One area of BICA support we don’t talk enough about is the importance and effectiveness of the Georgian Bay Association (GBA), who has been doing an amazing job. The GBA focuses on the needs reflective of BICA and the other community associations up and down the Georgian Bay and the North Channel, and part of our budget goes directly to GBA to focus on bigger things we could never accomplish by ourselves. And beyond the financial support, BICA leaders have played many significant leadership roles over the years such as Hugh McLeland as GBA Chair, past GBA member like Thoburn, and today we are represented by Liz Phillips. Though we embrace our role in building community, we take a lot of pride in what we’ve done, because we are a community, to accomplish some great things together as stewards of this amazing land. Without community organizations like BICA, there is no GBA.

We look forward to spending time with you later this summer – safely and in person – and can’t wait to see what we can accomplish together, and what we will share in our life journeys, in the years ahead.

Love Your Bay Every Day!Celesta Bjornson and Sheila Williams

AMM Brainstorming Results

On July 30 BICA held its 87th annual member meeting. We were pleased to welcome more than 60 members to glorious Ruby Island, currently enjoyed by the Bjornson family. To help set priorities for the coming years, members brainstormed and then voted on answers to the question, “What initiatives should BICA continue or start?” The results, shown in the chart below, have already spurred planning for 2023 on fire safety, a Kids Fun Day, fighting light pollution, preserving water quality and more!

Thank you to all of the BICA Community Members who actively engaged in the brainstorming and shared your thoughts.

Septic Pump Out Delayed Until Summer 2023

We were recently informed that the septic pump out scheduled for this month has been delayed until summer 2023.

f you have not signed up and are still interested in having your septic pumped out, you can still get on the list. act now! Details are below:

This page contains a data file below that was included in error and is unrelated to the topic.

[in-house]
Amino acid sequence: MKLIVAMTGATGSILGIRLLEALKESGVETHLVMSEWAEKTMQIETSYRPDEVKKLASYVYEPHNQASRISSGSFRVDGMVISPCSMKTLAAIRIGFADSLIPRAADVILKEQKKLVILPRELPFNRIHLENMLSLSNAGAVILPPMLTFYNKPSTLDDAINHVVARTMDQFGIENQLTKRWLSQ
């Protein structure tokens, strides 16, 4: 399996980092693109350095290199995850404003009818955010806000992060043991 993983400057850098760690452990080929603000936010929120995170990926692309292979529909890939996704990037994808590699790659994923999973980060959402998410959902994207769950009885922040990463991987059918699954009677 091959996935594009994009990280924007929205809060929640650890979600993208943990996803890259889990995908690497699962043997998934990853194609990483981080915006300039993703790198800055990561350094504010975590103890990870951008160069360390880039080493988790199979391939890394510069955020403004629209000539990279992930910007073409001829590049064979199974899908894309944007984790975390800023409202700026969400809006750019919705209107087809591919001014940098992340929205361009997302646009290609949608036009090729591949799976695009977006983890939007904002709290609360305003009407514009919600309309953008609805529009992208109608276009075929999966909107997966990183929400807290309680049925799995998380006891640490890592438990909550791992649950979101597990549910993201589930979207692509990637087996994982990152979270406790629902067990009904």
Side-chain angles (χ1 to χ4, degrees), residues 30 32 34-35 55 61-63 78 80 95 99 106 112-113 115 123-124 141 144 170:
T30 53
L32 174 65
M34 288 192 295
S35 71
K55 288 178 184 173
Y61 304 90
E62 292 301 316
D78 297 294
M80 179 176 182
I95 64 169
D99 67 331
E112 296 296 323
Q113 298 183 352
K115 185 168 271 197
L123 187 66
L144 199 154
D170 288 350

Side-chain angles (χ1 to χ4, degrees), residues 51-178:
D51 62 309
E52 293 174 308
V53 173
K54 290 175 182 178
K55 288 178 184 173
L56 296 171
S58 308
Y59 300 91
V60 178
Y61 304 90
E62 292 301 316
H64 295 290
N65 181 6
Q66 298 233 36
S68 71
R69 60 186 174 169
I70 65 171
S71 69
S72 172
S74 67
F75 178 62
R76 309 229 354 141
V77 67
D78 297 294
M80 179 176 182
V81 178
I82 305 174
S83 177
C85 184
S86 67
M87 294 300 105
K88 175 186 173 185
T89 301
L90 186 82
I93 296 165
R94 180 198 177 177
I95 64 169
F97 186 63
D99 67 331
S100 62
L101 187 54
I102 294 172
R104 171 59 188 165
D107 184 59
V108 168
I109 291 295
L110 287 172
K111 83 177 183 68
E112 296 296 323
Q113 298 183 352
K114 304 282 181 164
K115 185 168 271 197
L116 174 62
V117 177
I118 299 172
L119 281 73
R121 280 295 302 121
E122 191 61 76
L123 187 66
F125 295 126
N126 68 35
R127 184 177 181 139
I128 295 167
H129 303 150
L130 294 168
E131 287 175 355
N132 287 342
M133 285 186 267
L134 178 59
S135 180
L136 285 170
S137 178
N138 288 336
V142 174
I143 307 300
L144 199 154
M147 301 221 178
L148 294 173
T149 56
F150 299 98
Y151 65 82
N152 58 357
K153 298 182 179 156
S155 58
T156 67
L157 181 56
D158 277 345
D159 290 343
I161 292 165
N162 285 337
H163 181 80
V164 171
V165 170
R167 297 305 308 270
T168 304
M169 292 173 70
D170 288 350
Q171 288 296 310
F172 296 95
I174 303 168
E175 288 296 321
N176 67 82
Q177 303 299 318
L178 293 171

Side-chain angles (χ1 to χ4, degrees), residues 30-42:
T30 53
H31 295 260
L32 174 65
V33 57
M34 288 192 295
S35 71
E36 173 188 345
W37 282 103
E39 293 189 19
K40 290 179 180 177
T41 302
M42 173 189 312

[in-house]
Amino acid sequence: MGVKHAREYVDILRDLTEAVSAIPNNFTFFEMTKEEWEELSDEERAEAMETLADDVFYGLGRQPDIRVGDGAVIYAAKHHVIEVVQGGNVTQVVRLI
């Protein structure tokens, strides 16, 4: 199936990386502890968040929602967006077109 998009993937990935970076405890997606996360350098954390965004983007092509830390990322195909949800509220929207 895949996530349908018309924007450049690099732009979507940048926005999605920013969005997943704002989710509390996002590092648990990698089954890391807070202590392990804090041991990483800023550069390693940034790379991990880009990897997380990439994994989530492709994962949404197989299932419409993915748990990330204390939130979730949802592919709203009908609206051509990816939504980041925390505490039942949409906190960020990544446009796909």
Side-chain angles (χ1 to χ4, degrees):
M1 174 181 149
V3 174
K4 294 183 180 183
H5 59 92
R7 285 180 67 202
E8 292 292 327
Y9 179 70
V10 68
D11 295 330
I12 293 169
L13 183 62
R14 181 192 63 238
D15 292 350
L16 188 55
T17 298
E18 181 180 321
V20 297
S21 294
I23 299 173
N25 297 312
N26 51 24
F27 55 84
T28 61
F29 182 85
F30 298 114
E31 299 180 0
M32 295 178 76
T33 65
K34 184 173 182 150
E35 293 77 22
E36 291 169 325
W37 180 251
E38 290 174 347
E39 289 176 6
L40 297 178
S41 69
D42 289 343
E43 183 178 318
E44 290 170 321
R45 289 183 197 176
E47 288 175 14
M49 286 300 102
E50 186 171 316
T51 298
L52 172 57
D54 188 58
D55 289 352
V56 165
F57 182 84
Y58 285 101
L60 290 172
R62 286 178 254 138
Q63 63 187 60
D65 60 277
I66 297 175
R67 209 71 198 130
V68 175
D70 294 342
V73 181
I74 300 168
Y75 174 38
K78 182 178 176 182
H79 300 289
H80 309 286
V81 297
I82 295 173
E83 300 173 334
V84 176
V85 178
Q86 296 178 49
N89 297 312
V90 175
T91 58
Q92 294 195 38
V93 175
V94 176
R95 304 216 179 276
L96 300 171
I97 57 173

Timing is now summer 2023, exact date TBD.Price is $1,585.00 per cottage (tax included) as long as it is an 800 gal. tank or less.Septic tank access ports need to be accessible, i.e. cleared of earth / debris. Please confirm with Mark Thoburn at mthoburn@gmail.com if you would like your name to be added to next year's list.

Bay of Islands Community Association Presidents’ Report, 2022

How amazing it has been to reunite as a community after 2 years largely apart! Though we are not quite back to “normal”, we have been provided the perspective that there is no place on earth, and no group of friends and family, that we would rather spend these life experiences with. The pandemic made us consider what “community” really means.  To us it is both – both the incredible beauty of the landscape that cannot be replicated that we are all humble stewards of, and the importance of our relationships bonded by these shared values and decades & generations of connection. To share moments together, in person, here, is irreplaceable.

Perhaps no event or accomplishment represents importance of community better than our collective roll of supporting the Escarpment Biosphere Conservancy’s $1.8 million purchase of “Heaven’s Gate”, which we highlighted last year.  Heaven’s Gate is the nearly 1,000 acres of land on the north side of Red Deer Village Road that includes much of the La Cloche mountains connecting Willisville to Ft. La Cloche.  Over 100 donors and friends celebrated the grand opening of the Heaven’s Gate trails on a recent and hot July afternoon.  Many are to thank for preserving this land for all future generations to enjoy, but we were able to celebrate the importance of Ted Cowan’s leadership in making this happen.